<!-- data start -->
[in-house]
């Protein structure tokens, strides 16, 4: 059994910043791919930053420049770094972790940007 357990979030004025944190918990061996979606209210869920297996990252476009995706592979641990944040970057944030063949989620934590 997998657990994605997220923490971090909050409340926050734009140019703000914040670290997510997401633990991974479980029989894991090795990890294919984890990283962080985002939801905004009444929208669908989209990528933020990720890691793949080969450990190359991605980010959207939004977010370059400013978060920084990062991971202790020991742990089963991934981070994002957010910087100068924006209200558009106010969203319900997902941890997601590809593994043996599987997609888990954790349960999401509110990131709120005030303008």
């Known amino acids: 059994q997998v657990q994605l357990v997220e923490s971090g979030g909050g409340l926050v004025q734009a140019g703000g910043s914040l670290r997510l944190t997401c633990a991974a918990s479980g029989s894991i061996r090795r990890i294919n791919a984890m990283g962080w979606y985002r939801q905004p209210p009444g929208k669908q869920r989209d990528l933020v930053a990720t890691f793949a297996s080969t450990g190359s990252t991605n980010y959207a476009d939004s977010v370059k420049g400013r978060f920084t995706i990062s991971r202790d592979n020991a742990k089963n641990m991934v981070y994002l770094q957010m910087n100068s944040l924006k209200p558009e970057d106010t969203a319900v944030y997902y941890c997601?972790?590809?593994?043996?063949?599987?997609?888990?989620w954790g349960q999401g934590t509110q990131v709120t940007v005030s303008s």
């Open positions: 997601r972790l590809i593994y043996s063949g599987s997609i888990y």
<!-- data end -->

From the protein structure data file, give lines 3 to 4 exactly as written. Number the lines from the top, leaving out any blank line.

């Known amino acids: 059994q997998v657990q994605l357990v997220e923490s971090g979030g909050g409340l926050v004025q734009a140019g703000g910043s914040l670290r997510l944190t997401c633990a991974a918990s479980g029989s894991i061996r090795r990890i294919n791919a984890m990283g962080w979606y985002r939801q905004p209210p009444g929208k669908q869920r989209d990528l933020v930053a990720t890691f793949a297996s080969t450990g190359s990252t991605n980010y959207a476009d939004s977010v370059k420049g400013r978060f920084t995706i990062s991971r202790d592979n020991a742990k089963n641990m991934v981070y994002l770094q957010m910087n100068s944040l924006k209200p558009e970057d106010t969203a319900v944030y997902y941890c997601?972790?590809?593994?043996?063949?599987?997609?888990?989620w954790g349960q999401g934590t509110q990131v709120t940007v005030s303008s």
């Open positions: 997601r972790l590809i593994y043996s063949g599987s997609i888990y």